Public Service Announcement

Public Service Announcement August 29, 2015

My blogging philosophy, like most of my interactions in “real life,” is to not say anything about some one that I wouldn’t say to their face. Occasionally it’s necessary or prudent to say something to someone else, but even then I try to speak about my experience or my feelings about the person or situation. That is why I rarely weigh in on internet drama. Besides, by the time I get to it, the drama has usually died down.

In my mind, blogging is supposed to be personal, informative, or part of a discussion. Many people use it as a platform for ego-driven pontificating or power plays. This is particularly damaging in spiritual circles. Sometimes it’s important to write publicly about issues or people in a stronger tone, particularly if we’re doing so in a community setting, particularly if we need to discuss uncomfortable issues.

This doesn’t mean never read anything or anyone you disagree with. In fact, it’s a good thing to read stuff that is different and challenging. This is how our mental blades are sharpened, by being honed against the whet stone. I spent many, many years reading authors whose ideas were incredibly different from mine. It helped me find truth where I saw it. It helped me learn to argue. It helped me find my own beliefs. And then, yes, part of the way through my PhD program I decided I was tired of always reading the words of anti-feminist, monotheist men.


Fey Ilyas/photo on flickr/via foter
Fey Ilyas/photo on flickr/via foter

If someone is nasty on-line it doesn’t always mean they’ll be nasty in person. But why would you read stuff that is nasty, mean-spirited, or makes you doubt yourself, your practice, or your beliefs? STOP READING PEOPLE THAT DISRESPECT YOUR WORK.

If John Halstead and Mark Green make you want to throw your laptop across the room, stop following them. Stop reading them. They are not so important that you need to see what they’re up to. Really. There are several people whose ideas I respect, who may even be kind to me in person, but I don’t like the way they treat others online (and sometimes in person), so I don’t read or follow them. I don’t hang out with mean people in “real life,” why would I do so online?

For what it’s worth, I am personally fond of John Halstead. I’ve spent more time than I care to admit defending him “behind the scenes.” But I don’t read a lot of what he writes. His tone is often dismissive – and I’ve told him as such. I also tell him when I think he’s nailed his tone in a positive way – and when he does, I think his work is amazing, even if I don’t always agree!

I never read Mark Green. I think he’s mean, wants to be right, and doesn’t care about individual experience. I’ve never told that to his face, and I base this soley on what I’ve read of his writing in the past. I no longer read Christian writing that assumes my beliefs are demon-driven hallucinations; why would I read a Pagan writer who thinks I’m delusional?

Perhaps I’ll feel differently when some day someone writes about me personally. So far, no one has. (This is not an opportunity to do so! I have many flaws, but I’d rather talk about them one on one, before going public.)

There is a way to disagree with people and their work without being mean or nasty. I encourage writers to find that voice. I encourage everyone in the Pagan and Polytheist world to stop reading mean people. We all have our Good Work to do in the world. Let’s focus on that.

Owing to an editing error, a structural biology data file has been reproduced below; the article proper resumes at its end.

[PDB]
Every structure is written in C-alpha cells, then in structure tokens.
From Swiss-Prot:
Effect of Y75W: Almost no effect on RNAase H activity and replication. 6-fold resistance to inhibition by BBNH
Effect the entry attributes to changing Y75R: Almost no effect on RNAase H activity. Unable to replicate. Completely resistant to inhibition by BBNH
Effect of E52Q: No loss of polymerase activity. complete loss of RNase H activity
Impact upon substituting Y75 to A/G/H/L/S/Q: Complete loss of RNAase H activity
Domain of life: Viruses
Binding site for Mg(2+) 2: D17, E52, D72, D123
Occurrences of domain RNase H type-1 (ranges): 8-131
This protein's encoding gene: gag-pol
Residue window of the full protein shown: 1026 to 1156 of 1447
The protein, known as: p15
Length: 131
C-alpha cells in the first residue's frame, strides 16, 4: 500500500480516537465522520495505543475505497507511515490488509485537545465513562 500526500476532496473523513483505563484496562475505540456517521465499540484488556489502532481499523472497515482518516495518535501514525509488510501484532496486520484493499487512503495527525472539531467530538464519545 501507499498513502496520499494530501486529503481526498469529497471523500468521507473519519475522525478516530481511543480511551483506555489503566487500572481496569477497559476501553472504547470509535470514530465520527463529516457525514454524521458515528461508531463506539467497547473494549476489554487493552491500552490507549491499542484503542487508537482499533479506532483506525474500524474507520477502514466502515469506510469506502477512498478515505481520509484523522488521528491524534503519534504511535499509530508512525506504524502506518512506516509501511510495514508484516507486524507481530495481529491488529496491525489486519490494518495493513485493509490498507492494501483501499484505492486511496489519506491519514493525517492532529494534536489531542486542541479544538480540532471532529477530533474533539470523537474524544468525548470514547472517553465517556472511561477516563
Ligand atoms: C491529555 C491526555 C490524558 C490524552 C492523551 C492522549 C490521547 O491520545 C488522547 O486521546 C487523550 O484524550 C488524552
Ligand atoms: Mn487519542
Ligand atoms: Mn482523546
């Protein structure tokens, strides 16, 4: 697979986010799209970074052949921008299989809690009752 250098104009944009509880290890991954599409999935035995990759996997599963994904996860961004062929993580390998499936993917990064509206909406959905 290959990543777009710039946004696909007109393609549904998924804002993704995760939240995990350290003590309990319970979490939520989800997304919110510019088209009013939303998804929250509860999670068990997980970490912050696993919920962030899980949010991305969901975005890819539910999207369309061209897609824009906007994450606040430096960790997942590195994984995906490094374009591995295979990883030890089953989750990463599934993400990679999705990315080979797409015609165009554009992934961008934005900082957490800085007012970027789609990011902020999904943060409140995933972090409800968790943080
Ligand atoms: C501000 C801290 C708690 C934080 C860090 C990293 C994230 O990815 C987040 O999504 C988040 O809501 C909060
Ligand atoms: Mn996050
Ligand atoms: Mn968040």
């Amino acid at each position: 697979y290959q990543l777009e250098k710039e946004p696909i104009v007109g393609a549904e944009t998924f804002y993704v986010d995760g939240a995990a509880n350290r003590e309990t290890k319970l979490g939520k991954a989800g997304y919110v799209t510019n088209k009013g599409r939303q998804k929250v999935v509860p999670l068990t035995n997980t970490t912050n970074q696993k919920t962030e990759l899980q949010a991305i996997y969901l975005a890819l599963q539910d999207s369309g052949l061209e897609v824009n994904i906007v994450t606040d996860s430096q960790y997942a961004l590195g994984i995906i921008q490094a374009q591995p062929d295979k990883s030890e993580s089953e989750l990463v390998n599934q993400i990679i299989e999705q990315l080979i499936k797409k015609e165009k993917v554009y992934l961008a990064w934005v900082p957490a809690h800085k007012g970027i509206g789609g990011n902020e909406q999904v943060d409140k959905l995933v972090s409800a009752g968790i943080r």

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  • Laine Glaistig

    I’ve been saying this for a while now; since someone pointed out to me that reading comments section was a form of self-harm for me. If I know that someone is going to be hostile and dismissive and throw the same arguments at me that I’ve negotiated a thousand times before, I’m just not going to read their stuff. It’s better for everyone involved.

  • AshleyNiHunter

    This is an excellent point. As I grew increasingly frustrated by Halstead, I realized that nothing was compelling me to pay attention to him, and that the time I spent wanting to correct him could be better spent reading writers I find inspiring, doing some writing myself, and Doing the Work.

  • Mark Green

    Sorry you feel that way. We’re probably best suited not to read one another.

    • We’re not. I don’t wish you any ill. But I feel dismissed and disrespected when I read your work, so….. not going to read! May you get on with your Work in the world – and I’ll do the same!

    • Mark Green

      My response, for what it’s worth. Though you will not read it, perhaps others will want to.

      • I read it, as I felt this was offered in a spirit of discussion. For what it’s worth, I do think Humanistic Paganism is a “legit” Thing (in fact, I’d say most of Olympia falls in this category!) and I also think one can be a Pagan and an Atheist. But I think your desire to be right is what alienates you from everyone else.

        • I believe that the desire bordering on need to be right can and does alienate people from that person, that community, that philosophy’s adherents. I like to be correct, to have a correct answer, but I try to rein myself in from trying to say I have THE correct answer, even if it is easily verifiable by another source. So not worth the hassle, and I can get ego-boo a different way.

          I believe that we each have encountered persons and institutions who claim to have The Right Answer, who do not respect us or our lives or our minds and opinions should we deny they are correct, or even suggest there are other ways of looking at the topic or deity.

          PS–I’m left-handed and tend not to use “right” where directionality is not involved. Hence, “correct” in my writing.

          I also tend to think that facts can be correct or wrong, but that “truth” is most often an opinion or a spin.

  • Heathen Chinese

    Well said. There are some things in the world that are better opposed by addressing them than ignoring them, obviously. But there are a lot more people, especially on the internet, that “are not so important that you need to see what they’re up to.” Their influence on you is negligible, unless you give them your time and attention.